competitive than a pro forma income statement would indicate.

Managerial accounting determines full costs for external reporting,
but includes factors that are really irrelevant for project decisions
like this one.  Relevant costs for projects include all identifiable
costs for the life of the project and are those that are incremental.

It is important to note that Relevant Costing may discount
depreciation in some examples (including this SBL case) but that full
project cost for capital equipment is important, thus it should be a
multiple-year analysis.

The University of Oregon description linked below provides a nice explanation:

?Relevant costs are costs that change with respect to a particular
decision. Sunk costs are never relevant. Future costs may or may not
be relevant. If the future costs are going to be incurred regardless
of the decision that is made, those costs are not relevant. Committed
costs are future costs that are not relevant. Even if the future costs
are not committed, if we anticipate incurring those costs regardless
of the decision that we make, those costs are not relevant. The only
costs that are relevant are those that differ as between the
alternatives being considered.?

University of Oregon
?Relevant Cost Analysis,? (Caplan, undated)

Another good description, complete with a case analysis is in Accountancy:
?Relevant costs for decision-making,? (Jay, Oct. 24, 2004)

Examples in the SBC case include:
?	ignoring depreciation charges, SBL?s allocated general expense and
the manager?s salary.  Depreciation is a non-cash charge simply being
allocated to container manufacture per accounting principles.  The
general expense allocation is also an ?arbitrary? number, one that
will be present whether containers are purchased or not.
?	though the capital purchase price of the machinery in this case is a
sunk cost, there is a future value to it, should we decide to
liquidate it.  In this case ?175,000 can be realized immediately by
selling it for salvage.
?	similarly, the company has already sunk ?875,000 into linings.  It
has an impact here in two ways: it is money that doesn?t have to be
spent for materials, reducing the annual charge.  And it can be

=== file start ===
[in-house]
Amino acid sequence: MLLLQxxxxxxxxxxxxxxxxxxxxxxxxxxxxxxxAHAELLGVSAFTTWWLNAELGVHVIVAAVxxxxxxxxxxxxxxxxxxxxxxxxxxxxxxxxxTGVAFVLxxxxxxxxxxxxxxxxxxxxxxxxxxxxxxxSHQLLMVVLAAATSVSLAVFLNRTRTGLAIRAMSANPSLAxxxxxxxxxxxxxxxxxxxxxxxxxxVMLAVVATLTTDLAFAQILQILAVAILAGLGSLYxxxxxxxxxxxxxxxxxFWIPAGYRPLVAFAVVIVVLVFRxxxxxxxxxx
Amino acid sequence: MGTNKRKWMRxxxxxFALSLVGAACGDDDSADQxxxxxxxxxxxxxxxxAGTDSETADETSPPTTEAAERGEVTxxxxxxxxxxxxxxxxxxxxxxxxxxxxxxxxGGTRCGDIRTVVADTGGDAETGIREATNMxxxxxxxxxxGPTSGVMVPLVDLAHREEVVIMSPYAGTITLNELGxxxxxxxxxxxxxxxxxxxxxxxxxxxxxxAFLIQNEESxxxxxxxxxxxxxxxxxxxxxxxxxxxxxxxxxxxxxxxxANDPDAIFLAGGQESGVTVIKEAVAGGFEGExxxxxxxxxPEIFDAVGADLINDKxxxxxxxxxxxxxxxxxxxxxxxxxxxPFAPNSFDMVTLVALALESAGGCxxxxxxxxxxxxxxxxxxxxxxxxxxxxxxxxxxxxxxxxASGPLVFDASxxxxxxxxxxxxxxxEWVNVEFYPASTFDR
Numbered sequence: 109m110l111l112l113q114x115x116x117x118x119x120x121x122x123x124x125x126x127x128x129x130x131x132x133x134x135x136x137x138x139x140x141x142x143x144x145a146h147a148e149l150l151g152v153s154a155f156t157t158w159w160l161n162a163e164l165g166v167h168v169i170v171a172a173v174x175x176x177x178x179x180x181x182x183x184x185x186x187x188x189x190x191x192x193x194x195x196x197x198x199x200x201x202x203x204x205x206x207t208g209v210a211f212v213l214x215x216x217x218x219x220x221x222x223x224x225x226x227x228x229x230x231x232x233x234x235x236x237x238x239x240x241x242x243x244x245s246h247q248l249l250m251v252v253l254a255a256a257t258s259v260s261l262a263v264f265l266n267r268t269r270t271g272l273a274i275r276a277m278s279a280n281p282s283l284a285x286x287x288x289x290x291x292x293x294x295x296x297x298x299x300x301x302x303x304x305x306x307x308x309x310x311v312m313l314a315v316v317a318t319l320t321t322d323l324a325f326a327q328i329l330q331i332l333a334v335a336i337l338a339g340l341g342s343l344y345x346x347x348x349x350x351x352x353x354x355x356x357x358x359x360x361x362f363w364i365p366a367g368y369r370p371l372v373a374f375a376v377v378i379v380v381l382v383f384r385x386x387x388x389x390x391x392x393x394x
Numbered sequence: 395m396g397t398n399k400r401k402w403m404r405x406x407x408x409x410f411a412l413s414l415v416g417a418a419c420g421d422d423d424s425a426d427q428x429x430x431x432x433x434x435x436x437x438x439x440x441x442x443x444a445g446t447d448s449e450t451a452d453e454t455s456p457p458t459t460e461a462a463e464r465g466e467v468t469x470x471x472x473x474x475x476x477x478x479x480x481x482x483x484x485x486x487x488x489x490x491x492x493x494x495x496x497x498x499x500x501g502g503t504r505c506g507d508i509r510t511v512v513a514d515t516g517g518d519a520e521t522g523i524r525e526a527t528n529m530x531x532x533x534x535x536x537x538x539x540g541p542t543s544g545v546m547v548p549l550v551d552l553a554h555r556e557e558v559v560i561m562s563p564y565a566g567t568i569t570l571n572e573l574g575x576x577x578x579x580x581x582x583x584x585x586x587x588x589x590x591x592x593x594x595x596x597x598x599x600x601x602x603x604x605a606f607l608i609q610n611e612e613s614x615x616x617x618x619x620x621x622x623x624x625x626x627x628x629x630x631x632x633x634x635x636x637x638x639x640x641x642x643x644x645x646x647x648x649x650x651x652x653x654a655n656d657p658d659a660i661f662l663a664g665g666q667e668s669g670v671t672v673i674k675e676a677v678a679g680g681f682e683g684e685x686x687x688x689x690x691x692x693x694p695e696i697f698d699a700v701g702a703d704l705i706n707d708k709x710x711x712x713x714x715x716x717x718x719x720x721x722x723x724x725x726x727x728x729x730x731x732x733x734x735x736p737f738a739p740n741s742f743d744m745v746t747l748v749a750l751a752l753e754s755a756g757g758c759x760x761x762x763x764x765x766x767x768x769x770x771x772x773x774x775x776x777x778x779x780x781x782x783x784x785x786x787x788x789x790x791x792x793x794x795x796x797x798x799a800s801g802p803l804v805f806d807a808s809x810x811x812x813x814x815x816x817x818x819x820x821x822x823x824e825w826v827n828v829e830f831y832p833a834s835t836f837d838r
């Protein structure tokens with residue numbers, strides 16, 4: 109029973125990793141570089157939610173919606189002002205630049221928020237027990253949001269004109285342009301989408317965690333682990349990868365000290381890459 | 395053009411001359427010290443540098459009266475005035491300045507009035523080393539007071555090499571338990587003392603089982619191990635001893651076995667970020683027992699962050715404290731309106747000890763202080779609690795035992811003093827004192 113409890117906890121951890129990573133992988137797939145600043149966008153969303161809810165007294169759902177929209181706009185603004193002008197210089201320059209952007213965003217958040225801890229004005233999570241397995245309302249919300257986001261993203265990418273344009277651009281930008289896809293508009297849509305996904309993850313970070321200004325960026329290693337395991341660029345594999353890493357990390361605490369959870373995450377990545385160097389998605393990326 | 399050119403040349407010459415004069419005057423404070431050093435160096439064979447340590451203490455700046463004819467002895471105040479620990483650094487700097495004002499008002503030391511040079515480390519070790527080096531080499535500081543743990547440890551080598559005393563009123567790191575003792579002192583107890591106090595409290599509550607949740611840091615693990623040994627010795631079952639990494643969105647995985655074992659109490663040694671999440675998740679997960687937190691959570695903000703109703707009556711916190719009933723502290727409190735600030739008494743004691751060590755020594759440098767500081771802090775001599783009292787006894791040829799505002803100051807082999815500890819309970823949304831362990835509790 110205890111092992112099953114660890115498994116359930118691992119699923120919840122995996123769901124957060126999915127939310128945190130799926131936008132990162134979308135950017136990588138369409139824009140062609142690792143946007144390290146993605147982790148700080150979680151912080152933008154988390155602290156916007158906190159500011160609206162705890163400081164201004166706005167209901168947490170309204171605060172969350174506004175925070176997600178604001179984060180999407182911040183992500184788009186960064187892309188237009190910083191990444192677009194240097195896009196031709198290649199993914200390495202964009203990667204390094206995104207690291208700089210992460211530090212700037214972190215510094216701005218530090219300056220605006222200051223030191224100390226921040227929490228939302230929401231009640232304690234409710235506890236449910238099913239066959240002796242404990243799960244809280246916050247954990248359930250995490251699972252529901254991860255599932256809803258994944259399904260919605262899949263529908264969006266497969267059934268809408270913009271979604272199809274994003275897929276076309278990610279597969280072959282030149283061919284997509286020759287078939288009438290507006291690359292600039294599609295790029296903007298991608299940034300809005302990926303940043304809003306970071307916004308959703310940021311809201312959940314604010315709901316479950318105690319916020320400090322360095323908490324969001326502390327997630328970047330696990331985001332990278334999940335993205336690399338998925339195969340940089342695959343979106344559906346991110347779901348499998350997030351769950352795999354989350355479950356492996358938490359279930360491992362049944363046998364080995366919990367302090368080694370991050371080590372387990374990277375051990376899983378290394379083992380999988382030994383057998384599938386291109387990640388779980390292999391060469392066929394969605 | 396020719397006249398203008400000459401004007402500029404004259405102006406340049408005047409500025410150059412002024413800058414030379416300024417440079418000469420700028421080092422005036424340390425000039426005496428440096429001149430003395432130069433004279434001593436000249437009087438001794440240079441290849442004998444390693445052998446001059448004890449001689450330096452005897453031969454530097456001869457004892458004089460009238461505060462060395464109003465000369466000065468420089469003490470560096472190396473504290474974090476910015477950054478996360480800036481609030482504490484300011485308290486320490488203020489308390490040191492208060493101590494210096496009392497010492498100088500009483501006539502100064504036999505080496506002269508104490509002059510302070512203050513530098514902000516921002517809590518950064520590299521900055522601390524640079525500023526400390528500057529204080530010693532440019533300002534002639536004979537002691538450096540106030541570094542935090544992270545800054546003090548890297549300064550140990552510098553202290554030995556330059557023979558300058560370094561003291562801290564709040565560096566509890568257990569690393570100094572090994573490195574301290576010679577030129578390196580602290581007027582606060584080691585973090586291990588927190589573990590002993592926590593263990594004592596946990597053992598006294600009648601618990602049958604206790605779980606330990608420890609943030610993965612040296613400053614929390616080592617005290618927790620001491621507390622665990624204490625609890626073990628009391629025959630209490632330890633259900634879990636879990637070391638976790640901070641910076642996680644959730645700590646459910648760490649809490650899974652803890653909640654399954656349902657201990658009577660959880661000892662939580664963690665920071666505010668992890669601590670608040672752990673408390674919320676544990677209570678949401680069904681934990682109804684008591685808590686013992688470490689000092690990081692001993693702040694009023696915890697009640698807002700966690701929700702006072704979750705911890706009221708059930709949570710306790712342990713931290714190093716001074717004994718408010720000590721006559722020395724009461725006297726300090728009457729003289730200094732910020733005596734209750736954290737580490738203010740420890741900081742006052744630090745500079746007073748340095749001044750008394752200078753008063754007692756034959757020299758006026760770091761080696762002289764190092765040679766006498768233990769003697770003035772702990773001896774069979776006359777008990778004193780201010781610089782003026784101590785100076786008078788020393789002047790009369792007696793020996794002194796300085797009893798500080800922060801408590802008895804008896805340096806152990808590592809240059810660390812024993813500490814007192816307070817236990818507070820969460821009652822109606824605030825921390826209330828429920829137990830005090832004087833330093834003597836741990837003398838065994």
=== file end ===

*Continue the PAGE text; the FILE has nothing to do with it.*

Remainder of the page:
liquidated for ?556,818 if we?re not going to manufacture containers
any longer.

B.  There are three basic business options available to SBL in this
case, though the company can do A, B, C or combinations of A and B :
A.	outsource container manufacture
B.	outsource container maintenance
C.	continue to manufacture and/or maintain its products

In any case, looking at the direct costs of its two business segments
? container manufacture and contain maintenance ? enables the company
to identify the direct costs of each, as well as to examine its
overhead structure to see if it is competitive.  Currently SBL lumps
both businesses in one financial activity area, potentially leading to
bad decisions on both.

Outsourcing may have benefits in lowering per unit costs and
increasing reported profits.  However, outsourcing also reduces the
company?s ability to control costs long-term by changing
manufacturing.  It reduces the workforce and value-added that SBL
provides.  And it has longer-term strategic implications, such as
potentially enabling EPC to compete with SBL and removing SBL from the
quality-control feedback loop.

C.	 The SBL make-buy decision is summarized in this spreadsheet:

Here is an explanation of what?s included in the make-buy financial
analysis in that spreadsheet:

SBL Makes

Labour: included, with 5% increase each year
Material: reduced by the lining that is already in inventory.  (The
?buy? decision accounts for this by selling the lining.)
Machine maintenance: fully included
Rent: you incur it if you manufacture but not if you buy
Other: fully included

Not included: depreciation, manager?s salary, general expense
allocation ? though if we outsource we also get to sell the machinery
and that?s in the ?Buy from EPC? section.  But if we outsource, we
also have to pay pensions, so that?s a real cost that has to be added
to the ?Buy from EPC? case.

SBL Maintains

In the ?SBL Maintains? case many of the above items are not relevant ?
rent, machinery, machinery liquidation and even the pension, as
Lanchburg and Masters would stay on.

The direct cost of maintenance is: labour, materials, other expenses. 
There also is an opportunity cost related to selling the 10% of the
lining material that maintenance uses ? but it is minor and doesn?t
affect this case.

Comments on ?SBL Makes? and ?SBL Maintains?

It is cheaper in year 1 for SBL to outsource but over the project life
the costs are about ?706,000 higher.  Why would SBL even consider it? 
Probably because accounting is allocating more than ?188,450 extra for
overhead plus another ?125,625 for depreciation (not to mention the
manager?s salary) ? making internal production appear to be a losing

As you can see from the spreadsheet, ?SBL Maintains? is an even stronger case.


There are a large number of issues that this make-buy decision raises.
 The prime issue for the general manager is: ?How stable is the demand
for our containers going to be??  Both an increase or decrease in
demand of only 10% will incur very different expenses for the company
and we have no visibility for those likely possibilities.  If the
market were expected to grow dramatically for the containers over the
five-year period, the GM might consider a hybrid approach, outsourcing